Public Relations and Extra-Marital Relations

Posted in Uncategorized by aintnothingright on April 27, 2010

At the risk of being presumptuous, I’m going to state that you have no doubt seen the above video and have probably read or watched commentary on its connotations for Nike and/or Tiger.  I’ve attempted to avoid any and all discussion regarding this video in order to keep from plagiarizing, or at the very least, tinting, the views I have formed on the subject.  In any case, I’ve thought about the commercial a short while and have come to a few conclusions.

Whatever you may think of the commercial, you have to acknowledge that it is interesting.   The marketing world has never shied from using emotion in its devices, but embodying the very personal and controversial actions of a celebrity as a vessel for brand promotion is unheard of, at least to my knowledge.  Imagine Wilferd Brimley apologizing on a Liberty Medical commercial or Bill Cosby apologizing on a Jell-o commercial.  I don’t predict to be able to forecast responses to advertising campaigns, but I have an inkling responses to these expressions of mea culpa would be cold, to put it mildly.

So why the change?  Why should this be acceptable now?

Certainly, we can suggest that, as the complexity of  of human behaviour increases (due to a plethora of factors), we have become increasingly responsive to newer and more complex forms of media, as has been the case throughout antiquity.  Greater, more diffused forms of mass communication result in cynicism and resistance to old techniques of marketing, thus increasing the opportunities for newer types of marketing.  Note that when I say “new types of marketing” I do not mean to indicate that  the level of information presented has necessarily increased; I mean new avenues, techniques and mechanisms for eliciting response are devised, whether they be complex or simple.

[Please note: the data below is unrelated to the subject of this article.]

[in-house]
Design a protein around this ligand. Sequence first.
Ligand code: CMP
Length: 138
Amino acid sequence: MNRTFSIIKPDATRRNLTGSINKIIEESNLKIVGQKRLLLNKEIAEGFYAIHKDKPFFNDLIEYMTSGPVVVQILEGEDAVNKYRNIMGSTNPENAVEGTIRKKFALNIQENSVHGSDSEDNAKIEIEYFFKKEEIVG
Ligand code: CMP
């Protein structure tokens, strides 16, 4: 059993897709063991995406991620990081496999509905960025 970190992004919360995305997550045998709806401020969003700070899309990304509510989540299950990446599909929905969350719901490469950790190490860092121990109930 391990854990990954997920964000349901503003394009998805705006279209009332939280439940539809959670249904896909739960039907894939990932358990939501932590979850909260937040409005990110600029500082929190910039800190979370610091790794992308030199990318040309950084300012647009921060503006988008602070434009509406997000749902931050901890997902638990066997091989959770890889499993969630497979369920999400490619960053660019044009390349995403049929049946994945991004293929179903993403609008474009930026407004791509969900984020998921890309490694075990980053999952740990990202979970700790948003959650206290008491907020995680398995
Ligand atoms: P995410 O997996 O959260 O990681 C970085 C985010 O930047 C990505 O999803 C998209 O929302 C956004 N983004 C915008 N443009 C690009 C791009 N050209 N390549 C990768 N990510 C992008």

As to how Nike can implicitly refer to a genuine case of infidelity undertaken by the company’s spokesperson, we can presume that civilization becomes increasingly less restrictive over time with regards to social norms and the taboo, with few exceptions.  Certainly changes in government, or increases in evangelical movements may temporarily and locally change attitudes, but as a whole western society moves away from dictating moral behaviour.  We no longer concern ourselves with our date having a chaperon.

Yet looking at recent celebrity gossip, some might be considering re-introducing chaperons.

Infidelity has been notable among many (male) celebrities recently, with their inevitable attempts to find forgiveness plagued by snowballing gossip and sensationalism.  Yet, here in Tiger and Nike’s commercial we see a unique, powerful and thoughtful take on the situation, one which seems to work.  Why?

Firstly, one can examine the role of Nike in the commercial.  As marketing has become increasingly abstract in order to avoid the “you’re being sold to” visibility, the goal of humanizing corporations has subsequently become a marketing technique.  Here, we have a prime example of this.  Nike is a facilitator in a human message, and therefore takes on human qualities, especially given that their promotional activities seemed to be halted, and in fact, almost opposite of normal promotional activities.  Tackling a negative, controversial topic with little to no direct marketing?  The company feels human, as if profit is not of paramount importance on their agenda – something we are not use to observing the corporate world doing.

Secondly, we can observe how the role benefits Tiger.   We see a large multinational corporation taking his side, an instance that seems to be the exception in this case, as most of Tiger’s other sponsors dropped him after the scandal.   Yet neither Tiger nor Nike attempts a corporate whitewash of the situation, thus treating the viewer with intelligence, and appearing to approach the situation with conviction and humanity.  Tiger did something wrong and faces the consequences from a judge (ostensibly) harsher than you – his father , while the viewer is made a spectator in the harrowing admonishment that is Tiger’s conscience.  Further, Tiger is carefully constructed to not be a victim, yet not a heartless scoundrel; we see him as a man who made a mistake, a man hiding nothing as he stares in to the camera, facing his innumerable judges, yet hearing the most rightfully concerned one of all.

It’s an interesting take on an interesting situation,  yet whether this bodes prophetic of future advertising, it’s difficult to say.  I do, however, have a belief that  the advertising world is a beast whose tentacles will leave no stone unturned if there’s a profit to be had.


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